MAY HILL SSSI - A Tree-Topped Hillock and a Bevy of Bovine
Updated: Jan 28, 2022
(Nearest post code - GL18 1JS)
Visited by Shep and Pumpkin
May 12th is Julie’s birthday and so we decided to go for a family walk and picnic at
May Hill SSSI which is one of the open spaces owned by the National Trust in Gloucestershire.
I was keen to explore somewhere new.
A strange smell hit my nose as I got out of the car – ponies and, indeed, lying in a ditch at the side of the road, a young foal dozed contentedly whilst its mother nibbled the grass a few feet away. Rose was in raptures. Pumpkin couldn’t care less. He was just keen to get out of the car and explore.
It was already past lunchtime and so my humans decided to picnic under the trees amongst the bluebells. Pumpkin rolled in them sending the strong delicious fragrance into the air. Despite a warning of heavy downpours, the sunshine filtered through the trees.
As we sat, a whole entourage of semi-feral ponies filed past nipping at the vegetation as they went. A mare heavy with foal took up the rear. The little foal, with legs far too long for his body, had become separated from its mum and neighed anxiously. He sought reassurance from the other ponies, but they brushed him off with a flick of the tail and even a hoof to the nose. A domestic broke out when a rather truculent stallion and his sidekicks cantered up the hill behind us before charging down again grumbling angrily at the other ponies below. Peace resumed. Pumpkin and I were transfixed.
Picnic over, we lumbered up the steep grassy slope towards the summit of May Hill which is crowned with a clump of Corsican pines planted in commemoration of Queen Victoria’s golden jubilee. The distinctive top of May Hill can be seen from miles around and the views from it are breath taking. Some people say that the hill, which used to be called Yartleton Hill, was named after a Captain May who used it to navigate his way up the Severn estuary.
Both Pumpkin and I stayed on our leads walking up the hill. His nose was assailed by so many new scents and he trundled along his nose glued to the ground. Sometimes the smell was so strong that he had to be half dragged along the ground to move him on. Other times he just sat down on his haunches almost digging himself into the ground and would not be hurried. As we approached the highest point, we thought that there were even more ponies but instead there was a small group of black and white belted Galloway cows lying on their sides soaking in the May sunshine. They looked so peaceful. Apparently, they are named Bluebell, Burdock, Bramble, Vetch and the oldest one of them, called Widecombe Dale is 16 years young!
I don’t know whether these ladies stay on the hill all year round but traditionally, animals are not allowed back on the Hill to graze until after they are tagged by their owners on Marking Day. This takes place sometime in the middle of May.
Once the animals are set free, volunteer humans come up on the hill every day to check that they are okay.
It is really important that the cows graze the hill. Without them the vegetation would grow so tall that many of the smaller, rarer plants and all of the animals that rely on them would be lost.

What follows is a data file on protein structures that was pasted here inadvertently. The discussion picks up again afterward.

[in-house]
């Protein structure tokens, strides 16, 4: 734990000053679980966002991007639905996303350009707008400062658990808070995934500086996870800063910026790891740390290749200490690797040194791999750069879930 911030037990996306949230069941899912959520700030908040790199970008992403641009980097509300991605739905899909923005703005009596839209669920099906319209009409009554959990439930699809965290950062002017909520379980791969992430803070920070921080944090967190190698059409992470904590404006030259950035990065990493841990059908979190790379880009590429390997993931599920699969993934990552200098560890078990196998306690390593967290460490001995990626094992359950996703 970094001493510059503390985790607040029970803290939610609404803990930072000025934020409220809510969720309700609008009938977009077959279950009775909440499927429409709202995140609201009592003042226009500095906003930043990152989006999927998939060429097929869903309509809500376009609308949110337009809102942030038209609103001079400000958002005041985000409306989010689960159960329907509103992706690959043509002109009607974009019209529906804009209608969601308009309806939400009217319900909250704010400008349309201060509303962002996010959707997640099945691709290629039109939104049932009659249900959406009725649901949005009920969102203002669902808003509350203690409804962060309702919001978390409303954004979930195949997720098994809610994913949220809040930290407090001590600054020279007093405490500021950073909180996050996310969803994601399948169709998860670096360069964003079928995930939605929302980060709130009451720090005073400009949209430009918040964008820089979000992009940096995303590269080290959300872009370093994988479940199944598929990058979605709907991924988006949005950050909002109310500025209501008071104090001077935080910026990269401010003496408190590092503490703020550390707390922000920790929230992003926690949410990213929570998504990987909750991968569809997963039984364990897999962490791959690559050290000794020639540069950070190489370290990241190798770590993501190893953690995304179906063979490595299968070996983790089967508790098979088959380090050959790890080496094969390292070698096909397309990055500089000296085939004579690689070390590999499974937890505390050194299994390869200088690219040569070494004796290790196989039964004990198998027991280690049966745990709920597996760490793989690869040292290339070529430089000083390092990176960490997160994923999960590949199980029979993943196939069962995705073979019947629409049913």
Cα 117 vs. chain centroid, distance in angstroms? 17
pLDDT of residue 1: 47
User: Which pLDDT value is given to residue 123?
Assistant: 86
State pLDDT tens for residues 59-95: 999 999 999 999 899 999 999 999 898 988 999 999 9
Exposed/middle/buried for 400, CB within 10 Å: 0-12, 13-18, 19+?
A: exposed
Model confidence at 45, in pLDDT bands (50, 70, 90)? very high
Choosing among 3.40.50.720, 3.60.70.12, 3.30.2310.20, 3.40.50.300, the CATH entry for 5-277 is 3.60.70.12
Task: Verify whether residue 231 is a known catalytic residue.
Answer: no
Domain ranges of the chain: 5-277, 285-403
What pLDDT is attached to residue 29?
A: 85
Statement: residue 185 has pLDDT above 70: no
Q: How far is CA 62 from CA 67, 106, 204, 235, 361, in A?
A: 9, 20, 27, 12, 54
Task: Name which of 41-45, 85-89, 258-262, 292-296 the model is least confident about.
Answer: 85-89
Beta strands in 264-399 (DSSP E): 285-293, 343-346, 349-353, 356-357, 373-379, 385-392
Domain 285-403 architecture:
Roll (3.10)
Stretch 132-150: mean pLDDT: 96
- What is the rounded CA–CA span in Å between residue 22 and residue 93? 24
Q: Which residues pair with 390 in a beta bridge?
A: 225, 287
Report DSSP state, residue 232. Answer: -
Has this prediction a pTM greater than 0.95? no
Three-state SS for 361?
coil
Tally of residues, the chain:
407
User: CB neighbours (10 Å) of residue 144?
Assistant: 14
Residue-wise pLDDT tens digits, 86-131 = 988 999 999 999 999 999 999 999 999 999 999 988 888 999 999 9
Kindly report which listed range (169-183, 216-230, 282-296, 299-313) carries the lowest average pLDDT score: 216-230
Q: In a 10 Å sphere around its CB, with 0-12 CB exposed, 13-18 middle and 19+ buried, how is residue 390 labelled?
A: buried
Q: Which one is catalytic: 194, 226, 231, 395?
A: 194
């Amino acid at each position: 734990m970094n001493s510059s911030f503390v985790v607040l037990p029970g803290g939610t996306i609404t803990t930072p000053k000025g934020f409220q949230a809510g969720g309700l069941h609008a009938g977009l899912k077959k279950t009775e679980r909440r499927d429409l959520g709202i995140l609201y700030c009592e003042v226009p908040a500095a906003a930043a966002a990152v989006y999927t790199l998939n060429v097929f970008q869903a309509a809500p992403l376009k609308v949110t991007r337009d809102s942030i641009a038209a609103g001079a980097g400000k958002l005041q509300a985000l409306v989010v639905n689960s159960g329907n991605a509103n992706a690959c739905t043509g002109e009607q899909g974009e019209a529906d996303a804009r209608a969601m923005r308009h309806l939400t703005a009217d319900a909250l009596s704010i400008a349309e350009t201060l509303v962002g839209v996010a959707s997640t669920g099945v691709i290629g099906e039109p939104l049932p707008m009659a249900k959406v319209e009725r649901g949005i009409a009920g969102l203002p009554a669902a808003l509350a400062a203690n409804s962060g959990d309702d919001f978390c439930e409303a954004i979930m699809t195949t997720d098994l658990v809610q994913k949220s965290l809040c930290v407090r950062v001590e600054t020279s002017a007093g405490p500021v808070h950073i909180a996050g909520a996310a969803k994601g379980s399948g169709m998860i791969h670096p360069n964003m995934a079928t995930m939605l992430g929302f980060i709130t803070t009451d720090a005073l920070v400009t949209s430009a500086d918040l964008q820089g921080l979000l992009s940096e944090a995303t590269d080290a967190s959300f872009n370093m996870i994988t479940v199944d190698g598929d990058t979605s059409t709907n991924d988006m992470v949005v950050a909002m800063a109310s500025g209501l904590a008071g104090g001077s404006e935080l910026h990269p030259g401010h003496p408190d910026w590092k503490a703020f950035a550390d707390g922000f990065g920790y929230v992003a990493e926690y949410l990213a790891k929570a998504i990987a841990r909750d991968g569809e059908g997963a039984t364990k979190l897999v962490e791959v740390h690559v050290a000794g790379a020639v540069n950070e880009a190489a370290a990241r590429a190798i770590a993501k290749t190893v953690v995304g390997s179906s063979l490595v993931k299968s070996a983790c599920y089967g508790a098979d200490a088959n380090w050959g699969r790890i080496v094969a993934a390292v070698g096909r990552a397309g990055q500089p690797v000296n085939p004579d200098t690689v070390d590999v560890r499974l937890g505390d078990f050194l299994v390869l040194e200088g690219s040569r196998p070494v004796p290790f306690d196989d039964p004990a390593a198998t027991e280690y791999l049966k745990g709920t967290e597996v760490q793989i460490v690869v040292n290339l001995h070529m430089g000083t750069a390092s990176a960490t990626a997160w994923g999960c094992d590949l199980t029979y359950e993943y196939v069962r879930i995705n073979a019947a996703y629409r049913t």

For most of their time on the hill, the beautiful ladies graze contentedly but later in the summer their peace is well and truly shattered when some of the younger animals are let out to enjoy their summer break.
When we got to the top the views were amazing. The estuary of the River Severn glinted in the afternoon sunshine and the mountains of Wales stretched out in the distance. The wind was picking up and our humans dropped Pumpkin’s lead to give him a little bit more freedom. Of course, that meant a game of rough and tumble over the hill and we chased each other over the top of the ramparts. Our humans decided to continue our adventure down the other side of the hill into an area of mixed woodland.
Here tall, majestic cedar redwoods rubbed boughs with beech and birch, the leaves of which seemed to radiate a luminous green light. Dark green larch held out vibrant green fingers. It was incredibly peaceful, completely devoid of human activity but heavy with birdsong.
One of the birds that live here is the woodcock.– Known as the ‘Snipe of the Woods’ it so well camouflaged with its black and brown feathers that it is really hard for us to spot, but with its 360 degree vision, the woodcock can easily evade us. If you want to see a woodcock, the best time to see it is in the evening during breeding season, when the male flies low above the treeline, rapidly beating its wings in a courtship display called roding.
Some parts of the path were transected by small streams and the edges were clothed in rush and sedge set in deep sticky brown mud. Pumpkin was in his element.
In places, larger pools of water had collected, and I couldn’t resist plunging in for a full hippo wallow in the water.
Once again, Pumpkin’s senses were overcome by his surroundings and despite being on the lead he attempted to drag any of the humans into the muddiest puddles that he could find, losing his own balance in the process, and smearing his side in a dark brown paste.
It was a slow walk – Pumpkin looked in every rabbit, fox or mouse hole that he passed.
Our walk took us all around the side of the hill. Huge drifts of bluebells fragranced the air.
The ground seemed warm from the gentle May sunshine and although the sky still threatened rain, a light breeze seemed to keep the rain clouds away – much to everyone’s relief – what a wonderful birthday walk for Julie!!